Hypoglycemia is a condition where the blood glucose levels are below normal. It means your nerves and muscles are low on energy because of low sugar. Symptoms usually include shaky hands, sweating, hunger, and anxiety, as the condition causes the release of hormones like epinephrine and norepinephrine.


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          5. Side effects from prescription medications

            Some drugs in your medicine cabinet may have tremors and shakiness as a side effect. Some medications include seizure and asthma medications, mood stabilizers, stimulants, cancer treatments, antidepressants, antivirals, and antibiotics.

            6. Alcohol abuse or withdrawal

              Shaky hands or tremors often come as symptoms of excessive alcohol consumption or withdrawal. These tremors begin as early as 10 hours after your last drink of alcohol and may last several weeks. This is why recovering alcoholic must reduce their alcohol intake under the guidance of a skilled and experienced healthcare provider and addiction specialist. They will offer the right medications to help manage hand tremors and other symptoms of alcohol withdrawal.

              7. Overactive Thyroid

                An overactive thyroid gland means that your body is always working on overdrive. The signs of an overactive thyroid are not easily noticeable. Your hands may shake due to overstimulation of your nerves, and you may also exhibit other symptoms like weight loss, insatiable hunger, racing heart, exhaustion, etc.

                8. Too much caffeine intake

                  Excessive caffeine intake can lead to tremors and other symptoms. Caffeine is a stimulant most take to stay alert and be effective at work. Just as it helps a person stay awake, it can also cause your hands to shake if you take too much of it.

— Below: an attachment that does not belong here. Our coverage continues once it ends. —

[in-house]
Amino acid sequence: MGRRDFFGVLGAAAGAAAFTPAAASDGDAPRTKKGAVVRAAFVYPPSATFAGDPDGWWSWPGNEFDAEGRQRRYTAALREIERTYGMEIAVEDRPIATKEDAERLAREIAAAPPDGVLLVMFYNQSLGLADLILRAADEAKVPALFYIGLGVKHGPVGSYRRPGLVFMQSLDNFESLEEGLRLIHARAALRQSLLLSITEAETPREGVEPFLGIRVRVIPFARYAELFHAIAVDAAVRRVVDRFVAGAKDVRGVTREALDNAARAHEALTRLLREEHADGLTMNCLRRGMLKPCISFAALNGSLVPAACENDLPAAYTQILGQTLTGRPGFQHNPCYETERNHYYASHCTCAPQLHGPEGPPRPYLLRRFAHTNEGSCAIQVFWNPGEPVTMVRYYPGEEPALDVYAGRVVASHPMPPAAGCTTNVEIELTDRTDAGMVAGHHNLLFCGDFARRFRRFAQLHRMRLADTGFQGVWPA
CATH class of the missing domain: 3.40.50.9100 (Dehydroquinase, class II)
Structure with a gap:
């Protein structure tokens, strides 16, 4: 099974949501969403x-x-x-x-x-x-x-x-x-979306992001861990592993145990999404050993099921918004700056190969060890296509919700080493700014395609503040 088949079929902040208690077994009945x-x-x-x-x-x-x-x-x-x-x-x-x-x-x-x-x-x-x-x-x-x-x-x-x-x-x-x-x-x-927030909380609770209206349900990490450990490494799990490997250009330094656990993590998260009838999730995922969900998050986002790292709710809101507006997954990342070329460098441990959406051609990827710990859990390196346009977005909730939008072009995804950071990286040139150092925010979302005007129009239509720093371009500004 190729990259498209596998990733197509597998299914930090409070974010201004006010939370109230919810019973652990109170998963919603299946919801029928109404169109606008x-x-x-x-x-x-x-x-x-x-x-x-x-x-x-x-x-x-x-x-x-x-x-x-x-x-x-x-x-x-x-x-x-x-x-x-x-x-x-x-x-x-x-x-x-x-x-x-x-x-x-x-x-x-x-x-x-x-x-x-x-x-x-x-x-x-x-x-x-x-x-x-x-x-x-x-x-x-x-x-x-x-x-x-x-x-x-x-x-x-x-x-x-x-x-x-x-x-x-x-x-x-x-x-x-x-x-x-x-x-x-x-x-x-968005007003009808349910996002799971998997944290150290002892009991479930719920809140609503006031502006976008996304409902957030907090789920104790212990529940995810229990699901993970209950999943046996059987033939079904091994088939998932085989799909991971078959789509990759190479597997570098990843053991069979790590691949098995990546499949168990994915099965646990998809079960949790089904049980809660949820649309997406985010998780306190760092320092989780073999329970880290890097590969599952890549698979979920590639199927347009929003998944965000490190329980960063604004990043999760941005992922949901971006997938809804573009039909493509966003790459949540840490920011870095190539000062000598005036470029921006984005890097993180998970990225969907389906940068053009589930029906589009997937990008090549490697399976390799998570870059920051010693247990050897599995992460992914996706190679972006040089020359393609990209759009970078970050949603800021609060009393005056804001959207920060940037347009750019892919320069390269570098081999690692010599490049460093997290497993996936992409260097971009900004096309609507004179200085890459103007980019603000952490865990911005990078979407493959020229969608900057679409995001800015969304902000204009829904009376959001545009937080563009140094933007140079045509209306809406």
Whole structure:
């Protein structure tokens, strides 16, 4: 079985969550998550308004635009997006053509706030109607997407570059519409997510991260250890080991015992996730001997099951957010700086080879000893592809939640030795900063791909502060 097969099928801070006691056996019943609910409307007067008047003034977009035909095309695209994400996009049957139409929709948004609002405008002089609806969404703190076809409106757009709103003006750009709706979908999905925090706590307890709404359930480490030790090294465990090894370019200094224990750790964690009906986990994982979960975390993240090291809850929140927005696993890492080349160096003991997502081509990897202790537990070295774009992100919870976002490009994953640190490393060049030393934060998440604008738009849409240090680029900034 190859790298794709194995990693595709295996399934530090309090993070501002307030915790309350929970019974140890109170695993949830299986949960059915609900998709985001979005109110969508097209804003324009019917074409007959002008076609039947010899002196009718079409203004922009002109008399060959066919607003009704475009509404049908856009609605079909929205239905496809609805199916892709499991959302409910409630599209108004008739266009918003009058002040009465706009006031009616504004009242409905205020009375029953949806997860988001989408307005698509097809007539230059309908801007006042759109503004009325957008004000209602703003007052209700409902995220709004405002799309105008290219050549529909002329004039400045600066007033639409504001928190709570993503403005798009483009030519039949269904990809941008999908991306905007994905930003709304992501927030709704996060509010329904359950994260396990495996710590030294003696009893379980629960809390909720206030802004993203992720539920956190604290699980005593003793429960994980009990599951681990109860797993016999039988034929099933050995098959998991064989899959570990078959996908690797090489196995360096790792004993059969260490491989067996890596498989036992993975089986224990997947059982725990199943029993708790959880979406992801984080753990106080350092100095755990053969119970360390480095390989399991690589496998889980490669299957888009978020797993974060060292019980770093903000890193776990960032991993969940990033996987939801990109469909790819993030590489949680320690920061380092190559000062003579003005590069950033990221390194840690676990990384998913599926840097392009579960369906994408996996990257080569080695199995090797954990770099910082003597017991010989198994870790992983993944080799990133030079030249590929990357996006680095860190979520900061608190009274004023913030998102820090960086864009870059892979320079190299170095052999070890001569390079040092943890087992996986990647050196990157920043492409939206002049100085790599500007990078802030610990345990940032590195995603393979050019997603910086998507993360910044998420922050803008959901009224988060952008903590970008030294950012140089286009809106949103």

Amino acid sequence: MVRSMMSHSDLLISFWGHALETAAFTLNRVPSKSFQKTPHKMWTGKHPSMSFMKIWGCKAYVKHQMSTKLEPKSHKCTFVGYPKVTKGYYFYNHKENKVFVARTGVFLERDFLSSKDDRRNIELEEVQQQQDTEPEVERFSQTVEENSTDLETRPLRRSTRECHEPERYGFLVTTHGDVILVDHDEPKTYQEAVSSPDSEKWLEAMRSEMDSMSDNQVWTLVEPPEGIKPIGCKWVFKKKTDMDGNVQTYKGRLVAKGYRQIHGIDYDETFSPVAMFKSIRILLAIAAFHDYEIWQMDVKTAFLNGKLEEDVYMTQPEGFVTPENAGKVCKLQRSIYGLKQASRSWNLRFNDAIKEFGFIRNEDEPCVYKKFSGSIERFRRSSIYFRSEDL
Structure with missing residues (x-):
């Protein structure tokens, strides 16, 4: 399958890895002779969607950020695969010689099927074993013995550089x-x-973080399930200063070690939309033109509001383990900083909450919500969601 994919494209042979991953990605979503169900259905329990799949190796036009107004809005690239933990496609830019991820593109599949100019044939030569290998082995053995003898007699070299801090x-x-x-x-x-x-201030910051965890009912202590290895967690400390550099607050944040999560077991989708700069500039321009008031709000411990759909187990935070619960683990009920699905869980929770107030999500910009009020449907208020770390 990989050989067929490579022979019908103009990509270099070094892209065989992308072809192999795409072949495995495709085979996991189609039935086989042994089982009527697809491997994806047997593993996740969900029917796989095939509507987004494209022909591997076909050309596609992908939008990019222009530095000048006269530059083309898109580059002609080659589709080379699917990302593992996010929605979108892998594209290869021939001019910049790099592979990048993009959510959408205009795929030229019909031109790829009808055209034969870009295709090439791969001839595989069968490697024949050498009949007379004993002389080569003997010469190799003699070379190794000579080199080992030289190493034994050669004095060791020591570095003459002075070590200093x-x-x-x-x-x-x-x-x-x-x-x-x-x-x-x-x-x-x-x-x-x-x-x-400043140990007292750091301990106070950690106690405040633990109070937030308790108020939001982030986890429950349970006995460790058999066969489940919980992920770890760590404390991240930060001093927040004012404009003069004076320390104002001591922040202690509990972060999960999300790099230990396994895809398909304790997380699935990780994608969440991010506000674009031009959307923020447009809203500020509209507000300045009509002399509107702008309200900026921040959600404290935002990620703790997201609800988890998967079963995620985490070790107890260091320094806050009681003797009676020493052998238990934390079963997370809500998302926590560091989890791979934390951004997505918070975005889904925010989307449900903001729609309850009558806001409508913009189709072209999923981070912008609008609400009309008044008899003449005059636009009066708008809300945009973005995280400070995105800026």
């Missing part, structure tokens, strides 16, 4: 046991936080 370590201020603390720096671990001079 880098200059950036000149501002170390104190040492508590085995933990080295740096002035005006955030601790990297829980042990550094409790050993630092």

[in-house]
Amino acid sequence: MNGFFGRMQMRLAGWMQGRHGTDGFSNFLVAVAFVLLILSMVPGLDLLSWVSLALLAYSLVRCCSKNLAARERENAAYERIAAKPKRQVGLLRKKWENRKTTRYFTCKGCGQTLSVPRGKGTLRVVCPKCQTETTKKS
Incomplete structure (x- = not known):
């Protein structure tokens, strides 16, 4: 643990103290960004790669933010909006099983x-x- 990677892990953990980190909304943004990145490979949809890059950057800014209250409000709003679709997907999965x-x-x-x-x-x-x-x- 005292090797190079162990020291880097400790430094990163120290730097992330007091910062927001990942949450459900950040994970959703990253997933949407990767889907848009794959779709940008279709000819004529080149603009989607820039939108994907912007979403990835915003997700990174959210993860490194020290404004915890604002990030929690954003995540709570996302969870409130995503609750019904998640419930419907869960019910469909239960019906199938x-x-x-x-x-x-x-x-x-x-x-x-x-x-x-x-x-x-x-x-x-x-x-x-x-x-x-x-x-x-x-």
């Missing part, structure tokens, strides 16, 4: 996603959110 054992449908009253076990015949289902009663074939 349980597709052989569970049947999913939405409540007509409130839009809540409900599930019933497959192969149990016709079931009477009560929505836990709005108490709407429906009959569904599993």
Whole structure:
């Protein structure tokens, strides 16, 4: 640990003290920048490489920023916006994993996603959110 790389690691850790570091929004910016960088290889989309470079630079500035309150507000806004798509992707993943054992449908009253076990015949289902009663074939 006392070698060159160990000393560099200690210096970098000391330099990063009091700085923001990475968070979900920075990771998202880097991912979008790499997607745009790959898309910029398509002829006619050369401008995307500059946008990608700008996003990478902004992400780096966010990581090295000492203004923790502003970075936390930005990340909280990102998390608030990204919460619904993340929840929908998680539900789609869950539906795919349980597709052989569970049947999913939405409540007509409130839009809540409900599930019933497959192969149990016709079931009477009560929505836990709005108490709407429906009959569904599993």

Caffeine is not just limited to coffee; you can find caffeine in beverages, chocolate, and some over-the-counter medicine. Other signs of excessive caffeine intake include restlessness, agitation, anxiety, stomach issues and irritability, and an irregular heartbeat. 

                  9- Anxiety

                  Older people can also experience shakiness because of anxiety. Anxiety releases stress hormones, also known as “fight or flight” hormones meaning your body is activated to respond to danger. This would make your hand muscles shake or twitch in response. Tremors caused by anxiety are also known as psychogenic tremors.

                  Types of Tremors

                  According to the National institute of Neurological Disorders and Stroke, different types of tremors affect patients, from temporary shaking to long-term movement disorders.

                  Action Tremors

                  A very common type of action tremor is essential tremor (ET). As you already know, action tremors usually function with voluntary muscle contraction. Some tremors that fall under this include postural, kinetic, and isometric. Postural tremor occurs when a particular part of a person’s body works against gravity, holding out their arms. 

                  Kinetic tremor is common with voluntary actions like closing and opening one’s eyes. In contrast, isometric tremors occur when a person performs tasks without additional movements, like holding a weight or cup.